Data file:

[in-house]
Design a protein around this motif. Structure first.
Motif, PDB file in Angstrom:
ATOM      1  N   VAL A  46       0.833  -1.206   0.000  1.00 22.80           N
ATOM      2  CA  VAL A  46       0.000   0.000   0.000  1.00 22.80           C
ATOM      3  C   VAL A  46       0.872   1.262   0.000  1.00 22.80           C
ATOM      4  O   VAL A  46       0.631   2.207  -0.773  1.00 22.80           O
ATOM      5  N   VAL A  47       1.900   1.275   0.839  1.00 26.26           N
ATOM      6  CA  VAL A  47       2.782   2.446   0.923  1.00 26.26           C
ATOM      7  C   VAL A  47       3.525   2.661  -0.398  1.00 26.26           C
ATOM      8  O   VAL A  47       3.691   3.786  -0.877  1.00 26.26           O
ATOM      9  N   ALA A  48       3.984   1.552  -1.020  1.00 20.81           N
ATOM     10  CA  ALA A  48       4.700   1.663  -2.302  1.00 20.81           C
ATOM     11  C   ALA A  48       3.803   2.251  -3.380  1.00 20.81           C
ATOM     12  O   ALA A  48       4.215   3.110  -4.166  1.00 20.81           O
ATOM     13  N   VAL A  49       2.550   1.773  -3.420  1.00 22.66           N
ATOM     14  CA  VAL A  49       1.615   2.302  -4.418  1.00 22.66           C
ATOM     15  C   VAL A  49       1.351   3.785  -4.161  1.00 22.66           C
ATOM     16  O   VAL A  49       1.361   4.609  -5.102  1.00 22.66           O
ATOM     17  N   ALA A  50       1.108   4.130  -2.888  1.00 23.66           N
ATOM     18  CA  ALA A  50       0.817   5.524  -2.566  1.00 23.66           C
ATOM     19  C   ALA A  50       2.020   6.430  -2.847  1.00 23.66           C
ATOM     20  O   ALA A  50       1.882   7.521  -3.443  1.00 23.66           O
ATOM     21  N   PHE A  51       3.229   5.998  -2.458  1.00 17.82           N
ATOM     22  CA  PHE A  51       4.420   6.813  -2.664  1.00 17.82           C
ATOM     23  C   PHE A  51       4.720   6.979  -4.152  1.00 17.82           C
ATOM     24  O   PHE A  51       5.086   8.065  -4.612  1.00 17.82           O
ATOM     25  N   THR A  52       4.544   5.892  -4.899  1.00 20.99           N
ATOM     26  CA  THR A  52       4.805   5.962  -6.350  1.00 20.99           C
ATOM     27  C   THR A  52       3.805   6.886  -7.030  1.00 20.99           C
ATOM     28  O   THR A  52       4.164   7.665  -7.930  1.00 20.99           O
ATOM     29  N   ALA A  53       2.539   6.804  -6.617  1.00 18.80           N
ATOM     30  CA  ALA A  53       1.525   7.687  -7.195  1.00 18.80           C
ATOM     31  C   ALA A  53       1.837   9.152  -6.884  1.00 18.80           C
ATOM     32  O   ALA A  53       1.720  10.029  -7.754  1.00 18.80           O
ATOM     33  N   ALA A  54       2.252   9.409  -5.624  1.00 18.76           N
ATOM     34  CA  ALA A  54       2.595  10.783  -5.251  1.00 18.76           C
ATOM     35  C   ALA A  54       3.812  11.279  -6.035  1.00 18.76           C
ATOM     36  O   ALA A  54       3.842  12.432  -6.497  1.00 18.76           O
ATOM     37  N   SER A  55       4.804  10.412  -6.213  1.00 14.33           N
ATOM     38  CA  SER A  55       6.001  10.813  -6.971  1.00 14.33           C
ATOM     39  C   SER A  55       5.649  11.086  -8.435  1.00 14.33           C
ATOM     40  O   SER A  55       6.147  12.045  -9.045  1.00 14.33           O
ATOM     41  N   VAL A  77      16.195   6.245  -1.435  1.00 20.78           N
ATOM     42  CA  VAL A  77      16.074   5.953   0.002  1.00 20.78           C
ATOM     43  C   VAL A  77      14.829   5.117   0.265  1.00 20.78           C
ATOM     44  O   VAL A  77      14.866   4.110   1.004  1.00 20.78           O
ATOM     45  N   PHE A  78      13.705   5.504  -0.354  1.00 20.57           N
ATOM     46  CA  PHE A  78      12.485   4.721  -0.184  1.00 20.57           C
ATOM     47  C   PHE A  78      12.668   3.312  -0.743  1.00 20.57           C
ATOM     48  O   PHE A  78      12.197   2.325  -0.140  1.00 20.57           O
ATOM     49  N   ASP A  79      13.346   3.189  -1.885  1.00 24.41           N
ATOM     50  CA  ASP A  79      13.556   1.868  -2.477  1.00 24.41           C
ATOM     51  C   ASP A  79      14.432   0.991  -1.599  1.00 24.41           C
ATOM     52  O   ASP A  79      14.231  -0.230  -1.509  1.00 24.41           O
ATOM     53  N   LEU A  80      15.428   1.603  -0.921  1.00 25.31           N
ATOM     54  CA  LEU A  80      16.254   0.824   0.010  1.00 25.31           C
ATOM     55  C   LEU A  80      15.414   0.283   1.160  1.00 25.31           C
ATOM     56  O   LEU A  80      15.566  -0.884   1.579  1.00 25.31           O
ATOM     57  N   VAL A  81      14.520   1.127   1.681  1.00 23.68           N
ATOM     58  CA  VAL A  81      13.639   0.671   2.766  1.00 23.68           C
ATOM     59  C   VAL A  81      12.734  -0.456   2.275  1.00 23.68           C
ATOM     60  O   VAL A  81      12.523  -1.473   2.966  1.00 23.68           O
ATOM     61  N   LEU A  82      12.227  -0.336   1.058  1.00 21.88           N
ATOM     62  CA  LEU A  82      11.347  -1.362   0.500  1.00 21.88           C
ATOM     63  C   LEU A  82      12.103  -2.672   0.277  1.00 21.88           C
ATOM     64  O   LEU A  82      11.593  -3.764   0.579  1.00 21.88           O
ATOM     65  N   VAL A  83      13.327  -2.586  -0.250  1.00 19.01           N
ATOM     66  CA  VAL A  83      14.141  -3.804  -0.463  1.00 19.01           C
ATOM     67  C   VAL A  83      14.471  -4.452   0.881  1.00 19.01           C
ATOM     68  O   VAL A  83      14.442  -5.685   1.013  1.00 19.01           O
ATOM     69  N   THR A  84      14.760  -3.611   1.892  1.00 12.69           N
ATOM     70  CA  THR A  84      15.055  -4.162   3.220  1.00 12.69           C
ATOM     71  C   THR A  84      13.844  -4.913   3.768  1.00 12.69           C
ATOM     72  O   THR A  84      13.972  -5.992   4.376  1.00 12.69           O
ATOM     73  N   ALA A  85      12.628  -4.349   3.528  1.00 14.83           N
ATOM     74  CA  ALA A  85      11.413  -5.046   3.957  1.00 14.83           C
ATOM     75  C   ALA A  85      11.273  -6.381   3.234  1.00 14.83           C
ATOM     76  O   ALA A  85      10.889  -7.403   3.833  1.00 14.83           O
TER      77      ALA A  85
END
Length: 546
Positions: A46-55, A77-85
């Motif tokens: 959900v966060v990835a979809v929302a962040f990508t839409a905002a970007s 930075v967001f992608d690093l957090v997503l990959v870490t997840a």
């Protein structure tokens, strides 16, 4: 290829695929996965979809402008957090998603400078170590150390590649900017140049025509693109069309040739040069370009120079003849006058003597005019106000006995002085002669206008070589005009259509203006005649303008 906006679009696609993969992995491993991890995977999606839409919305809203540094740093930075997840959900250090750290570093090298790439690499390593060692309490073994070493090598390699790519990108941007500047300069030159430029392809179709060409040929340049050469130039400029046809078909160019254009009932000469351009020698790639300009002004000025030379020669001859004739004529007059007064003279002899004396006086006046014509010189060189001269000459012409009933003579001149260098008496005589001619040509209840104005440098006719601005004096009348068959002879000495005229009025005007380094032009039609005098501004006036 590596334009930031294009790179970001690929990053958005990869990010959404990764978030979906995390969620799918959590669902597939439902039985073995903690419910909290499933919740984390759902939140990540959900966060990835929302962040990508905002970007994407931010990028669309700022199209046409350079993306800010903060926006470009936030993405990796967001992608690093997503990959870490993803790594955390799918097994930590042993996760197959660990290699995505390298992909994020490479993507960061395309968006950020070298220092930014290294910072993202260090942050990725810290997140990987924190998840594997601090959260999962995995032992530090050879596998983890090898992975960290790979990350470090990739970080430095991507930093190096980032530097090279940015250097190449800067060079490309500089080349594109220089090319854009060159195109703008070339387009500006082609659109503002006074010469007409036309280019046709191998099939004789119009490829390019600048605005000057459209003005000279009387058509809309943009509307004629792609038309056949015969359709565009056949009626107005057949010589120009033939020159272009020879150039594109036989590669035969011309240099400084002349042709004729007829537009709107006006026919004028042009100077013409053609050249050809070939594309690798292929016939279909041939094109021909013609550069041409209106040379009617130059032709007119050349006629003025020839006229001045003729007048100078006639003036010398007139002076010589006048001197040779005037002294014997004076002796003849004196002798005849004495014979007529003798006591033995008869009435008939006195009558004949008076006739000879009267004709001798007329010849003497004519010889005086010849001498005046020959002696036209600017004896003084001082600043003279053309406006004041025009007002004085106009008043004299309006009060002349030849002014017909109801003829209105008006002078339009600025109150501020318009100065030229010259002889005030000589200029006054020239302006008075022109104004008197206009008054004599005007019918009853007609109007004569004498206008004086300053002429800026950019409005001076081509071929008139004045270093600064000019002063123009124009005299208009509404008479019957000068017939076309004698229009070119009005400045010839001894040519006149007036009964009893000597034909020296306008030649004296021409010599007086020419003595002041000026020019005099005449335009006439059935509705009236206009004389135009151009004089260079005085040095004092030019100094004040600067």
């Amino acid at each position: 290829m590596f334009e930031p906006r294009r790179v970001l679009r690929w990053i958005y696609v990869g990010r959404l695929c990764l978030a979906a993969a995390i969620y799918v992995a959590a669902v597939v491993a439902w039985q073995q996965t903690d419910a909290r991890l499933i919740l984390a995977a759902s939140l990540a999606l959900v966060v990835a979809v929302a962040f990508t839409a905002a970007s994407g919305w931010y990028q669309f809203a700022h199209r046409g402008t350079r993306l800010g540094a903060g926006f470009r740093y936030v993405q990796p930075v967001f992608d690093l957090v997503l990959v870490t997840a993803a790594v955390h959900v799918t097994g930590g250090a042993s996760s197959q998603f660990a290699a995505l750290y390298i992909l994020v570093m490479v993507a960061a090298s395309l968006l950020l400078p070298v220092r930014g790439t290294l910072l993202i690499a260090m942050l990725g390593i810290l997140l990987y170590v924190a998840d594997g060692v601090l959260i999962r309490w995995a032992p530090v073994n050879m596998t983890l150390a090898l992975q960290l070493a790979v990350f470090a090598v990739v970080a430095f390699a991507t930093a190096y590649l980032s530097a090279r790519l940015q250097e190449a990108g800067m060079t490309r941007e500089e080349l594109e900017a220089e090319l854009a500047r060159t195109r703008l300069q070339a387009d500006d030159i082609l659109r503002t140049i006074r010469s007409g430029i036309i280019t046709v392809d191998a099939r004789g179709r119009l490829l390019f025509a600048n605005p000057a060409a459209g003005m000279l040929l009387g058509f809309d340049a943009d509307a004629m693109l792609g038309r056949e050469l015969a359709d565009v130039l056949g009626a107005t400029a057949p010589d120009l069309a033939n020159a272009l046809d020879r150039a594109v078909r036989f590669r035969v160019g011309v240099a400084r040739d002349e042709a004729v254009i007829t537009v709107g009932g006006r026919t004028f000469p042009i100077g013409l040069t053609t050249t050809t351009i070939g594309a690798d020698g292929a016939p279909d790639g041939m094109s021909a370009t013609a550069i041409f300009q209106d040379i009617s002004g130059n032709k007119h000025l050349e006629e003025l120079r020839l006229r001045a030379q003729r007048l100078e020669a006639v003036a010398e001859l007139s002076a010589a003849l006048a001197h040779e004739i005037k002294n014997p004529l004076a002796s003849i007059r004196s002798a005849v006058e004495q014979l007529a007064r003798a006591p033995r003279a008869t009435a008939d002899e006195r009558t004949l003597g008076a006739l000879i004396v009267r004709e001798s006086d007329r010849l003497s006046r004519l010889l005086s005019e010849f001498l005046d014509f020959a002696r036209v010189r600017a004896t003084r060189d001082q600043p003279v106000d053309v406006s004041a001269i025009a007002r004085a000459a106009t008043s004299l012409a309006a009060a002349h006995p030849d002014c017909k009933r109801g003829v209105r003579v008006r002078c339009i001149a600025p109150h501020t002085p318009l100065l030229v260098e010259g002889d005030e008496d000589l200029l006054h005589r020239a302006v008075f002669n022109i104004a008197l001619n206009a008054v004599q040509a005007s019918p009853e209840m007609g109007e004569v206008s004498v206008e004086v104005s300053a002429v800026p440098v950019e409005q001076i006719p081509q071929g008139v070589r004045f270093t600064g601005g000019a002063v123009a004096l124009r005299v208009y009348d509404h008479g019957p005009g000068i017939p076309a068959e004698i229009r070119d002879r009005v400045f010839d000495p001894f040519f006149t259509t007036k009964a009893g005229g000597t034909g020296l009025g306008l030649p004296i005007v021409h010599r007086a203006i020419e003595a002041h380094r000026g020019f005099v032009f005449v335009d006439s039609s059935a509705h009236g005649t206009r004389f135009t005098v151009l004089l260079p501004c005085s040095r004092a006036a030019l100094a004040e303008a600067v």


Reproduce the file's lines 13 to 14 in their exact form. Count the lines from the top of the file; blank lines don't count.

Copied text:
ATOM     10  CA  ALA A  48       4.700   1.663  -2.302  1.00 20.81           C
ATOM     11  C   ALA A  48       3.803   2.251  -3.380  1.00 20.81           C